section 29.1
Iron Metabolism
establishing negative iron balance and eliminating stored
iron. A small, labile (chelatable) iron pool may be in slow
equilibrium with a much larger (storage) pool. When de-
feroxamine is administered, the labile pool is rapidly emp-
tied. Any deferoxamine that remains in the body or is ad-
ministered thereafter finds no iron to bind. Thus, most of a
single intramuscular dose is simply excreted unchanged.
If the chelator is given as a continuous infusion, the labile
pool is initially depleted and kept empty. As iron is re-
leased from storage sites, it is immediately chelated and
removed. Removal of up to 180 mg of iron per day has
been accomplished by this method, making it as effective
as phlebotomy. Massive intravenous injections of defer-
oxamine have also been reported to produce excretion of
large amounts of iron in iron-overloaded patients.
Hereditary Hemochromatosis
Hereditary hemochromatosis
is a common inherited au-
tosomal recessive disorder of excessive iron accumulation
in parenchymal cells of liver, heart, pancreas, endocrine
organs, skin, and joints. The term hemochromatosis is
used when organ damage has occurred in the presence of
impaired function. It occurs predominately in Caucasian
populations; about 1 in 200-400 Caucasians are at risk for
developing clinical symptoms. Individuals with hereditary
hemochromatosis absorb about 3-4 mg/d of iron as com-
pared with a normal rate of about 1-2 mg/d. This excess
iron, absorbed over several years, causes accumulation of
as much as
2 0 ^ - 0
g as compared to normal amounts of
about 4 g. In untreated patients, progressive iron accumu-
lation can cause organ damage resulting in hepatic dys-
function, diabetes, cardiomyopathy, hypogonadism with
infertility, arthritis, and skin hyperpigmentation. Death can
occur due to cirrhosis, diabetes, cardiomyopathy or hepa-
tocellular carcinoma.
Hereditary hemochromatosis is associated with a gene
on the short arm of chromosome
near the MHC
gene complex. This gene is known as
and codes
for HFE protein. The roles of HFE protein along with
/32-microglobulin in the regulation of intestinal iron ab-
sorption and iron sequestration in the form of ferritin
and hemosiderin have been discussed previously. Gene
knockout mice for either HFE protein or /32-microglobulin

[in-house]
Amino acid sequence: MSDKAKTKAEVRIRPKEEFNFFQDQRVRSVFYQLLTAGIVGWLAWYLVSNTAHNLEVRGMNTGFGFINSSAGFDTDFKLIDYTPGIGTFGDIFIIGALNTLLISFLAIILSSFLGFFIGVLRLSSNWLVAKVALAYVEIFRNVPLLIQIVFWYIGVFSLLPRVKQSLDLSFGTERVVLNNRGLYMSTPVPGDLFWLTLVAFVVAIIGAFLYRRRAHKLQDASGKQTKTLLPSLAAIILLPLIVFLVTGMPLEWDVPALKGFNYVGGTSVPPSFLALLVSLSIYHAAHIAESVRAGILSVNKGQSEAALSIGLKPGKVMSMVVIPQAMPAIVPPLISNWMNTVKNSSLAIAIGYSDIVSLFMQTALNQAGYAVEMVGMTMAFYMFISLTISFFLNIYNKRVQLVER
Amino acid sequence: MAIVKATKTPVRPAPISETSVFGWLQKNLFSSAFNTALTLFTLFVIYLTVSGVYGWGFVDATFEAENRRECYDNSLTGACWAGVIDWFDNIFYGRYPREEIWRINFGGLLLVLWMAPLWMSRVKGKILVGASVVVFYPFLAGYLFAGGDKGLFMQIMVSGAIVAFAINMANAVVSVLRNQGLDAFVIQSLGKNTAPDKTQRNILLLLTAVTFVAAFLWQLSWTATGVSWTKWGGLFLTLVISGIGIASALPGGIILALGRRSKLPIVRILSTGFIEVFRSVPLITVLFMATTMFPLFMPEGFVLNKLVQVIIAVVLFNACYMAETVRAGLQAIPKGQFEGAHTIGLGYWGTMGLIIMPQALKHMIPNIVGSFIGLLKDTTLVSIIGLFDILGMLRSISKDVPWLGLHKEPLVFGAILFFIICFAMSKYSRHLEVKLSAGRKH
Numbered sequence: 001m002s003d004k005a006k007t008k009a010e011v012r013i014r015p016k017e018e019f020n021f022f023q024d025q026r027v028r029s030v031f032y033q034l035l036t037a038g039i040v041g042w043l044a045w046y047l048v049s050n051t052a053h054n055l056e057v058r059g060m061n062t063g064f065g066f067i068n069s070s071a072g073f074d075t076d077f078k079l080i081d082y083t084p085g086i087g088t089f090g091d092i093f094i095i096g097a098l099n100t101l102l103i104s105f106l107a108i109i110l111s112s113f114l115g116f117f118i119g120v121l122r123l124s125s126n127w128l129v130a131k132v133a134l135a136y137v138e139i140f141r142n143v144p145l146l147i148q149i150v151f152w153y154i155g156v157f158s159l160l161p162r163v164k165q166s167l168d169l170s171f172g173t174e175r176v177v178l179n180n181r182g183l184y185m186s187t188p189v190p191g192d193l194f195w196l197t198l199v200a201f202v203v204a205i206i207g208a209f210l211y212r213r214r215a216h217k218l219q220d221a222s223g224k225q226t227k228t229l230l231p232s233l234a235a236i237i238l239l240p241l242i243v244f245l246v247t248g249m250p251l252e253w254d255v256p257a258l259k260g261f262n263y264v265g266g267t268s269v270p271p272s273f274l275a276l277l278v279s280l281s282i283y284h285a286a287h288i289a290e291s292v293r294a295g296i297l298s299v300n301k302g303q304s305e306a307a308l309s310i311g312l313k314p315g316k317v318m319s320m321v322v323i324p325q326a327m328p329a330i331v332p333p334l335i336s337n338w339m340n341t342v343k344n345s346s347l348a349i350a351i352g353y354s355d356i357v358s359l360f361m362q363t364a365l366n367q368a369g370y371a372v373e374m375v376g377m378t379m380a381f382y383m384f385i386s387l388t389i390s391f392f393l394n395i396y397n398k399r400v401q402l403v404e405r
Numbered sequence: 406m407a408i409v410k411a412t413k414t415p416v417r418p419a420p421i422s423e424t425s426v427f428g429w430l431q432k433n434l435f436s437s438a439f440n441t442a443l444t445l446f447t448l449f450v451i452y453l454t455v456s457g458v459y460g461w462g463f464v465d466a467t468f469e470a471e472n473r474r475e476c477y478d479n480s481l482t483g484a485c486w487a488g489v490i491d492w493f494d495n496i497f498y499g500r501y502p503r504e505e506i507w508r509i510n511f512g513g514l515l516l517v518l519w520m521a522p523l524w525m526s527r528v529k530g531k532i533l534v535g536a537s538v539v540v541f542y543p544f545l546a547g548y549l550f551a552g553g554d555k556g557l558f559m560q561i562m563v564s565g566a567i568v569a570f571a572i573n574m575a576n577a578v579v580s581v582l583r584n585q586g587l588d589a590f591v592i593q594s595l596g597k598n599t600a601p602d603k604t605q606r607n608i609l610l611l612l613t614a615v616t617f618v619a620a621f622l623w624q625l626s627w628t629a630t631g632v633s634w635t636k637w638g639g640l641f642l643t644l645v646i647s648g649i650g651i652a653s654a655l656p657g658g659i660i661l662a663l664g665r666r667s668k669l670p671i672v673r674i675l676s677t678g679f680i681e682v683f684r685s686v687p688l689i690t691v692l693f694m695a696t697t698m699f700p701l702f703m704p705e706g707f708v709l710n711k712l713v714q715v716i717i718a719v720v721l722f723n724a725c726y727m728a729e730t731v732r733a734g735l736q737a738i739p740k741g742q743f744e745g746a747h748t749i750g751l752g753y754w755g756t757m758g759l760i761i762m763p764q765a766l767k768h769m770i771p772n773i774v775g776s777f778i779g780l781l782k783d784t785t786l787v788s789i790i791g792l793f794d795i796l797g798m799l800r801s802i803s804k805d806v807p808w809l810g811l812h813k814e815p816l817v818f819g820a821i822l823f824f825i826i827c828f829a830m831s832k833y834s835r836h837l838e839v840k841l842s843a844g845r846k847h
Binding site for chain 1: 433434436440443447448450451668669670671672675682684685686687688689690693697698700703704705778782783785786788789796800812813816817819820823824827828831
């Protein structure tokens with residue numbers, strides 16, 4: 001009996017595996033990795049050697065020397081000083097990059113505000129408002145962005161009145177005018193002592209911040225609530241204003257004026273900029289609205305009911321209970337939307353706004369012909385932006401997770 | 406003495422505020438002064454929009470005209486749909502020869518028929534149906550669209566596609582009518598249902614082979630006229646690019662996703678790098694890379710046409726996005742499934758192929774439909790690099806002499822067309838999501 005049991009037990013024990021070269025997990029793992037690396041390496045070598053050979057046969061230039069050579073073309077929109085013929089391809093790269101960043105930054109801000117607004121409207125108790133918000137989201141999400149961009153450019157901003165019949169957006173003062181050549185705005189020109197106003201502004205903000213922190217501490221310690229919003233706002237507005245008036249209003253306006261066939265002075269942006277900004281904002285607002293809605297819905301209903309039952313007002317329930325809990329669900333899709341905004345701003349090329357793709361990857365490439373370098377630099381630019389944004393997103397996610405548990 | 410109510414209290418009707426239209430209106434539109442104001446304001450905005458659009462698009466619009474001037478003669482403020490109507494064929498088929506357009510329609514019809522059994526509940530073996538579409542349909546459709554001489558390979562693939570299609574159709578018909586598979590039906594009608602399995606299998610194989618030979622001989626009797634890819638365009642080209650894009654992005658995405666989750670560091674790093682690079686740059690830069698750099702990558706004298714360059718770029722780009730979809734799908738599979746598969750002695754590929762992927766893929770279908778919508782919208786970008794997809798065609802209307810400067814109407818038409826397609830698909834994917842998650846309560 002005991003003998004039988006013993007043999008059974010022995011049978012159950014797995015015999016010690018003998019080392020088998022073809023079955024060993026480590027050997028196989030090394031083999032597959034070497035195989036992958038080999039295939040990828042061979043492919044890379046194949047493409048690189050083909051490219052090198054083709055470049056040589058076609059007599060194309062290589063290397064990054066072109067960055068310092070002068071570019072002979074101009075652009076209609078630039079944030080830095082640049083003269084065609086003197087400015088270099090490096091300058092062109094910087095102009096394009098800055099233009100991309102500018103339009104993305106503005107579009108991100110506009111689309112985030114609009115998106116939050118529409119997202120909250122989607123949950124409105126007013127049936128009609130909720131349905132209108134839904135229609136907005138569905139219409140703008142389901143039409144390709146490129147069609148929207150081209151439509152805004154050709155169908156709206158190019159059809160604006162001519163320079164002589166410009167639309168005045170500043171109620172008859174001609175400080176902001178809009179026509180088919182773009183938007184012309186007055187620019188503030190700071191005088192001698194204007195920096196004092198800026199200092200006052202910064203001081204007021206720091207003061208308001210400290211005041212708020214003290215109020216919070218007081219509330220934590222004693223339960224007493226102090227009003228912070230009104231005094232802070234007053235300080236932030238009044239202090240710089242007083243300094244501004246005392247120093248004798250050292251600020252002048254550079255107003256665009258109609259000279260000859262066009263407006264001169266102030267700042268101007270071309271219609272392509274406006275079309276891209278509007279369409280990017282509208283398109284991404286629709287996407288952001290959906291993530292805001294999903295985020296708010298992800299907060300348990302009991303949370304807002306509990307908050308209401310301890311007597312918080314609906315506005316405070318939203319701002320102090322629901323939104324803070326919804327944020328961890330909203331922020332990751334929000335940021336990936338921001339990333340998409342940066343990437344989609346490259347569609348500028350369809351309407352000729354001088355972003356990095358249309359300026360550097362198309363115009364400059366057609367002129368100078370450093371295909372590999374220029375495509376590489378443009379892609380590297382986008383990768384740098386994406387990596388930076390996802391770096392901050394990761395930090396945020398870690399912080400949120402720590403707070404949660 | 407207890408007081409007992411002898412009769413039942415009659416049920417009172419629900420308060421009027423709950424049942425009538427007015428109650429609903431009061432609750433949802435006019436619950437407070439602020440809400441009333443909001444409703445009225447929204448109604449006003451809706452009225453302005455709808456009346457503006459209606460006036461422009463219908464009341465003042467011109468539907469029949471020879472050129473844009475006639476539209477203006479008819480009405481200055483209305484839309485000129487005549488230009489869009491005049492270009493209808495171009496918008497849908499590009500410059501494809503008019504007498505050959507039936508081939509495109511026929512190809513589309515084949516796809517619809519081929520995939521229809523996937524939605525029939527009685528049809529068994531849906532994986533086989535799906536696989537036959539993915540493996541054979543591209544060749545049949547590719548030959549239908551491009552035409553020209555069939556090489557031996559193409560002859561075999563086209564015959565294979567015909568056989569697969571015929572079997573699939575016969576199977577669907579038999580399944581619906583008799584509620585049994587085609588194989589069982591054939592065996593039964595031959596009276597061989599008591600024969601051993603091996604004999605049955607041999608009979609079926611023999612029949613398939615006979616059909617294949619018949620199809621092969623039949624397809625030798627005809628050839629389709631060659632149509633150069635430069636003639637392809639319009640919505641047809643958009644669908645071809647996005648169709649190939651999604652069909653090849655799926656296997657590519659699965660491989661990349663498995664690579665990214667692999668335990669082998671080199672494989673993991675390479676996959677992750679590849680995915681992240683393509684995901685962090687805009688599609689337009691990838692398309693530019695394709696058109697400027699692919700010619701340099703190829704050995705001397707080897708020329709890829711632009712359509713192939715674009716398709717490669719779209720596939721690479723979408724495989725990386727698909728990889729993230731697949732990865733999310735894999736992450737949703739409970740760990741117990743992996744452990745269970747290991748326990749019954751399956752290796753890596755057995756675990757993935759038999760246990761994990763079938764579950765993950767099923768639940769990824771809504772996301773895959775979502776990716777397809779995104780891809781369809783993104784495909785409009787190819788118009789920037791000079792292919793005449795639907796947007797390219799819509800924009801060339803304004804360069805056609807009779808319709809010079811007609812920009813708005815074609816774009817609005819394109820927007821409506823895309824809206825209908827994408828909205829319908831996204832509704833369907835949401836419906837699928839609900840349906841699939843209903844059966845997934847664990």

develop an iron overload disorder similar to human
hemochromatosis, thus substantiating the roles of HFE
protein and /32-microglobulin in iron homeostasis.
Two missense mutations (C282Y and H63D) in the
gene have been identified in hereditary hemochromato-
sis. The substitution of a tyrosyl residue for a cysteinyl
residue at position 282 results in the loss of formation of a
disulfide linkage necessary for the proper association with
/32-microglobulin (Figure 29-1). In the absence of this
disulfide linkage, HFE protein fails to reach the normal
membrane location and is rapidly degraded. Thus, C282Y
is a loss of function (knockout) mutation. The H63D mu-
tation has no effect on the HFE protein’s association with
-microglobulin. However, this mutation may compro-
mise the protein regulation of the interaction between
transferrin and its receptor.
Population studies among Caucasians have shown that
about 1 in 10 are heterozygous for the C282Y mutation.
Homozygosity of C282Y has been observed in 85-90%
of hereditary hemochromatosis patients, In about 4% of
the hereditary hemochromatosis patients, heterozygosity
of C282Y and H63D has been observed. There are still
unanswered questions concerning hereditary hemochro-
matosis. For example, some C282Y homozygotes exhibit
neither biochemical nor clinical evidence of iron accumu-
lation. On the contrary, some hemochromatosis patients
do not possess a C282Y mutation. Thus, other yet-to-be-
identified genetic and environmental factors must play a
role in the development of hemochromatosis.
Other forms of hemochromatosis include neonatal and
juvenile types in which biochemical defects have not yet
been identified. Patients with
ing from mutations in the ceruloplasmin gene exhibit ac-
cumulation of iron in neural and glial cells in the brain,
in hepatocytes, and in pancreatic islet cells. Ceruloplas-
min, a copper-containing protein, has ferroxidase activity
and participates in the release of iron from cells. Aceru-
loplasminemia associated with iron overload is a different
disorder from that of
Wilson’s disease
degeneration) in which biliary excretion of copper and
incorporation of copper into ceruloplasmin are defective
(Chapter 37).
Porphyria cutanea tarda,
a disorder of por-
phyrin biosynthesis (discussed later), usually is accom-
panied by iron accumulation. Thirty percent of patients
with porphyria cutanea tarda are either homozygous or
heterozygous for the C282Y mutation affecting the HFE
Treatment of hereditary hemochromatosis is therapeu-
tic phlebotomy (discussed earlier). This method is safe,
effective, and life saving, and ideally should begin before
symptoms develop. Serum ferritin levels are used as a sur-
rogate marker for estimating total-body iron stores. Mor-
phologic studies and quantitative determination of iron
in liver tissue obtained by biopsy have been used in the
assessment of early hereditary hemochromatosis and the
degree of liver injury.
Finally, hereditary hemochromatosis is a treatable dis-
ease. Biochemical screening for the identification of the
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